Condo Insurance operates a little differently than Homeowners Insurance. Since most condo associations in Florida are bound by Florida Statute 718, the condo association will obtain coverage for the Building and common areas. Unit owners are generally only able to insure the interior “livable” portion of their units, not including structural elements of the Building. You may sometimes hear condo insurance referred to as “contents-only” or “walls-in” coverage. These terms can be misleading, so let’s clarify by giving some examples.
Removable appliances that simply slide in place and plug into the wall are known as “personal property” and are covered under section C of the condo insurance policy. Other items that fall into this category are furniture, accessories, clothing, and electronics. Think of personal property in general terms as items that would fall out if the unit were to be flipped upside down. Certain collectibles, high valued items, and jewelry will not be covered unless they are specifically listed and extra premium is paid. Building elements such as drywall, studs, electrical wiring, and air conditioning systems are all the condo association’s responsibility and should be covered under the commercial property policy maintained by the condo association.
Let’s look at a claim example to demonstrate the division of coverage between a condo association’s policy and a unit owner’s policy. In this example, a kitchen water pipe suddenly bursts causing damage to cabinets, flooring, and walls. Since the damage was extensive, certain portions of the wall need to be completely replaced. The unit owner’s insurance will pay to remediate and repair cabinets and flooring. It will also pay to repaint and retexture walls, but NOT replace the damaged portion of the walls. The association will be responsible for replacing those sections of drywall that were heavily damaged and leave unfinished for paint and texture by the unit owner’s insurance (a clear division of coverage).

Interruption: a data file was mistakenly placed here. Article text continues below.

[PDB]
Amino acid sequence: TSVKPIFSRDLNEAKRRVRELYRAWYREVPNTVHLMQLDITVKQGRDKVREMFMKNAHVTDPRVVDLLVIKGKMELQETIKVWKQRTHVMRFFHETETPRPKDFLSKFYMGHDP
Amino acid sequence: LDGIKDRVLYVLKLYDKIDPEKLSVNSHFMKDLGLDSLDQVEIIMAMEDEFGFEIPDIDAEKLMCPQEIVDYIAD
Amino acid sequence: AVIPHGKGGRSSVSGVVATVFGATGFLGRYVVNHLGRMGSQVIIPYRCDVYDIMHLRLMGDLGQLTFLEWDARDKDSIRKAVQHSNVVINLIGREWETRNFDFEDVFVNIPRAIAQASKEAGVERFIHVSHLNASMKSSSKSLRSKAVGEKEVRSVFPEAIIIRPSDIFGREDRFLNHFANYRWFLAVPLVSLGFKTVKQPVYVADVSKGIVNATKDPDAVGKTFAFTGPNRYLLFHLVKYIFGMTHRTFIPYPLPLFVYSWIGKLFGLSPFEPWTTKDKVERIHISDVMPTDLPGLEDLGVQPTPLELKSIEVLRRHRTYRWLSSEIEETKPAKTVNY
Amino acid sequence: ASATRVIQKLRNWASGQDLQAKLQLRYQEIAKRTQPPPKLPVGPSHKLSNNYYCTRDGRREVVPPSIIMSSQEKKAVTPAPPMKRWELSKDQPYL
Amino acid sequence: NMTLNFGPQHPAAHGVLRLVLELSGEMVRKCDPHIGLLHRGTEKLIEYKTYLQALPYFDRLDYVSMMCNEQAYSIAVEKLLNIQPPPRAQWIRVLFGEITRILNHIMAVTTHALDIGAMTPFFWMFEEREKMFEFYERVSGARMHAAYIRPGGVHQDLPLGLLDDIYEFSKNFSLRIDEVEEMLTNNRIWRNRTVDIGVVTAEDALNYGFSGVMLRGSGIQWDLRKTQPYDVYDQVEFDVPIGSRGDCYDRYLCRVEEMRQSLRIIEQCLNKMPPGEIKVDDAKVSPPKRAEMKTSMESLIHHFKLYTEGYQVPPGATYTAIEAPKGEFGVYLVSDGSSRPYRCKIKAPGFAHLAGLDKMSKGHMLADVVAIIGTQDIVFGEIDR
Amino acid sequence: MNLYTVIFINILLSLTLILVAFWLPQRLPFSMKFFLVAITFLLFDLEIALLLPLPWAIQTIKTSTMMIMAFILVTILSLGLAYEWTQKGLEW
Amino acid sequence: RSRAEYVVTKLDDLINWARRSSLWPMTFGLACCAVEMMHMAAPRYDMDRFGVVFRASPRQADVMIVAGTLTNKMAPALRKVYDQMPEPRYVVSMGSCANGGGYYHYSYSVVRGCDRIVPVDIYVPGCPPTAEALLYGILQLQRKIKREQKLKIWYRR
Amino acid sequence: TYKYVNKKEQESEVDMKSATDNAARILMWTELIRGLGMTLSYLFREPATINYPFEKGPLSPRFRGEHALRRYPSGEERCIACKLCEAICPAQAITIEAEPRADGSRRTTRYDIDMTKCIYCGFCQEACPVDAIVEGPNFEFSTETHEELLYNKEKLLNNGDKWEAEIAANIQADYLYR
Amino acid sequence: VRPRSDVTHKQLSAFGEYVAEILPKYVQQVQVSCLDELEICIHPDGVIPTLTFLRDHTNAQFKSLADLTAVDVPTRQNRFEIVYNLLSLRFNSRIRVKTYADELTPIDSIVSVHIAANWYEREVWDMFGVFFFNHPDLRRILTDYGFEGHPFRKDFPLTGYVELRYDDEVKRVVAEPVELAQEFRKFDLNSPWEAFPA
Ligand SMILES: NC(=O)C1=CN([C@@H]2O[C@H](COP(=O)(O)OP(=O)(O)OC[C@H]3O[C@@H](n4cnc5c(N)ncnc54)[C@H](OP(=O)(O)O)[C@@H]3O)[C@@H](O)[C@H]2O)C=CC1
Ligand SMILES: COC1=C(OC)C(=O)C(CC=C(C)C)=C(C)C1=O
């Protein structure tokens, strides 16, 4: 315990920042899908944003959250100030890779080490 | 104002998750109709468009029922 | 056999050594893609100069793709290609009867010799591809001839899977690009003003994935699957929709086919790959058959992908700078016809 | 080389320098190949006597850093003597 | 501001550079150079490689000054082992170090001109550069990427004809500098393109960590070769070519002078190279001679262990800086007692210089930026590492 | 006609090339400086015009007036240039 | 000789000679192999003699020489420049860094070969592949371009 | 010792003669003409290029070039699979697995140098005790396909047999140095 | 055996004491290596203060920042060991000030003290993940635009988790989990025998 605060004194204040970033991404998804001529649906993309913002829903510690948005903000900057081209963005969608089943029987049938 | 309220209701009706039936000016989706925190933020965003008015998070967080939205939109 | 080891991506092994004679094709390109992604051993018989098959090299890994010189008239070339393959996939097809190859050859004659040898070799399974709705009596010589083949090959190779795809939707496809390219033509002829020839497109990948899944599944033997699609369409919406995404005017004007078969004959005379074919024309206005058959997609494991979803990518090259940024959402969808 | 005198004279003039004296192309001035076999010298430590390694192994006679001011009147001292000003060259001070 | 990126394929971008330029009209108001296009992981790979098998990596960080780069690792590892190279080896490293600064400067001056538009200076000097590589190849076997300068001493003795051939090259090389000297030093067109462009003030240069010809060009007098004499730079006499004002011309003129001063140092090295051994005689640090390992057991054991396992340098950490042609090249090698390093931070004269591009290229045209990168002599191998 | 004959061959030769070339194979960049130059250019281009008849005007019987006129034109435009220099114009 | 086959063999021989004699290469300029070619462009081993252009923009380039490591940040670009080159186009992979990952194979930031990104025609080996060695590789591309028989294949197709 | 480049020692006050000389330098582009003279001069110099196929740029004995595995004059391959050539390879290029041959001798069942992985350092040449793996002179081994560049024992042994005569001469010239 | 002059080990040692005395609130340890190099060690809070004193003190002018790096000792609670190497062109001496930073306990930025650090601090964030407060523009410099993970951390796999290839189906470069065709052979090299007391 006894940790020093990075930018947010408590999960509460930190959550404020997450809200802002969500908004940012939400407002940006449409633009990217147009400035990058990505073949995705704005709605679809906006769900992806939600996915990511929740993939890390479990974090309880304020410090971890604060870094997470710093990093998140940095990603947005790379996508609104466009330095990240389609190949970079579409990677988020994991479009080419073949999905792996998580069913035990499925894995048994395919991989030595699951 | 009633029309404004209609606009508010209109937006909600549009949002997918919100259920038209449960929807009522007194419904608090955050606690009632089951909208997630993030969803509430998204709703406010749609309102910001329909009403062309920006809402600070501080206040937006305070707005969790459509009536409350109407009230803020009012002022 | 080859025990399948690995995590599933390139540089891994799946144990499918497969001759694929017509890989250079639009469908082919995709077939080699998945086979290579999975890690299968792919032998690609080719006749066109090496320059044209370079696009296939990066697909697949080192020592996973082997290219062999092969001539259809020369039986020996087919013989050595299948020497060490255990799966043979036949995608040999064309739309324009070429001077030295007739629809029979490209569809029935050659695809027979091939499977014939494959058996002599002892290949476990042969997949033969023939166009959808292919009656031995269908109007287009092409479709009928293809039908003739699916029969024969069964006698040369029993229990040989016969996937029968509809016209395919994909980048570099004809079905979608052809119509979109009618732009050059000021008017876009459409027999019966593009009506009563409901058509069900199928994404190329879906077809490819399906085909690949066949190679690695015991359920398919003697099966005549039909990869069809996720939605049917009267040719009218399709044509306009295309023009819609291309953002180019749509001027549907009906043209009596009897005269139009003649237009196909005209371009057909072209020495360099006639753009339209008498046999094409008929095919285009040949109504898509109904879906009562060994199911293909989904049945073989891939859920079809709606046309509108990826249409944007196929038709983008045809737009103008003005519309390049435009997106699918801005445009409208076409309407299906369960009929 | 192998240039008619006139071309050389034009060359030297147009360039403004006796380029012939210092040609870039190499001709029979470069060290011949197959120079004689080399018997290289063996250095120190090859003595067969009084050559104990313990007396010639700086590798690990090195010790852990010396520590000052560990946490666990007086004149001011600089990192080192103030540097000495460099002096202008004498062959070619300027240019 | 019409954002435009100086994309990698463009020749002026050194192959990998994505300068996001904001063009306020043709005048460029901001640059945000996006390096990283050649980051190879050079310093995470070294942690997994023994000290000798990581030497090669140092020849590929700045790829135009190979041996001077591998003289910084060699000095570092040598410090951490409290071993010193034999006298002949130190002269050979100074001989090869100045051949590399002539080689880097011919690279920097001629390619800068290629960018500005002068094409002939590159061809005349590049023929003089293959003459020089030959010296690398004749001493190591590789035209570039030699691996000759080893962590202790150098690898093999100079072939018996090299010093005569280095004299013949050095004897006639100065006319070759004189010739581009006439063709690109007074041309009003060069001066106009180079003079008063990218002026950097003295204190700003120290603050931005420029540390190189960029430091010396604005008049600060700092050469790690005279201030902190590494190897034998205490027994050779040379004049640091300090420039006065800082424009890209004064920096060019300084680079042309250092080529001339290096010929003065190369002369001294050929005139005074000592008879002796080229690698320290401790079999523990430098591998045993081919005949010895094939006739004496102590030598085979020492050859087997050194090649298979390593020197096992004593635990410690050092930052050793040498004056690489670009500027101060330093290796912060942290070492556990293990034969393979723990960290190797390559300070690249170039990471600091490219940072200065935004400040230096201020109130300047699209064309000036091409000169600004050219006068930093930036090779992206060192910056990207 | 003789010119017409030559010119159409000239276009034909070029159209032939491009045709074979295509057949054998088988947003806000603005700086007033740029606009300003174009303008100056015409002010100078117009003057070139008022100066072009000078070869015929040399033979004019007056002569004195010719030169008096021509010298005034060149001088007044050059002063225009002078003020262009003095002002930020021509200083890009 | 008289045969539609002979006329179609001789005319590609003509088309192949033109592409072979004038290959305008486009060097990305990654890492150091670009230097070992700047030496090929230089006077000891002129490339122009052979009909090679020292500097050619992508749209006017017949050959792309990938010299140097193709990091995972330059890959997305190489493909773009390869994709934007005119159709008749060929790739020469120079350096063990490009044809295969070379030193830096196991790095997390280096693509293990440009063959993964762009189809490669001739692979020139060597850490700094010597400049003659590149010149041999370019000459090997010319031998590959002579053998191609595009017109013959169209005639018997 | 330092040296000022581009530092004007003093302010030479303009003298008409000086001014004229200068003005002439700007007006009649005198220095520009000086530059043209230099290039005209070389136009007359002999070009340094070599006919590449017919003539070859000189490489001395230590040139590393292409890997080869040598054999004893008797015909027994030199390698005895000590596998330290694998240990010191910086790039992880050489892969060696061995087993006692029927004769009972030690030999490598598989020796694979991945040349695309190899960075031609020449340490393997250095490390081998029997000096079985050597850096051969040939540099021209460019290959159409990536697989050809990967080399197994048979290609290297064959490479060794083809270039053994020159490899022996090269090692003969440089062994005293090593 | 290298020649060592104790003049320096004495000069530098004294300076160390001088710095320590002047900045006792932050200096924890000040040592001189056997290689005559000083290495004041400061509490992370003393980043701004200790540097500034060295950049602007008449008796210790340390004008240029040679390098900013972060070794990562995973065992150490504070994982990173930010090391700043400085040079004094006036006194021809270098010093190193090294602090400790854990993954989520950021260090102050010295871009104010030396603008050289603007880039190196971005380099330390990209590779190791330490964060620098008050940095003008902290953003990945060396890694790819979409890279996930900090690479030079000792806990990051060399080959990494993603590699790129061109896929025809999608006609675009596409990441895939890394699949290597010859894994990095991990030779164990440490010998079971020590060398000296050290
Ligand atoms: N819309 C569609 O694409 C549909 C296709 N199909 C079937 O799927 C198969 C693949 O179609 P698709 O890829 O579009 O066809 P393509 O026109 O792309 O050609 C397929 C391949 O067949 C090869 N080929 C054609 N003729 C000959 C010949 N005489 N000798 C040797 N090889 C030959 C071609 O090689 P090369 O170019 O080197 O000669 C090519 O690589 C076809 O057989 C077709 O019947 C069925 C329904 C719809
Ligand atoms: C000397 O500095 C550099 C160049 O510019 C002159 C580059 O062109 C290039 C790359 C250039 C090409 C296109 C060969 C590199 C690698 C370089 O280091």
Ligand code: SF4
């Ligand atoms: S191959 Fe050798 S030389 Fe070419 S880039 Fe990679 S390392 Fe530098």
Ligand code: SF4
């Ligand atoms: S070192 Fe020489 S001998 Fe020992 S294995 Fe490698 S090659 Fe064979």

These policies work in tandem, with one picking up where the other left off. It’s important to notify the condo association when filing a claim to ensure that each party can work together quickly. Many times, the condo association’s policy will have a high deductible and may not trigger coverage under its commercial property policy. But, the condo association is still responsible for making those repairs.
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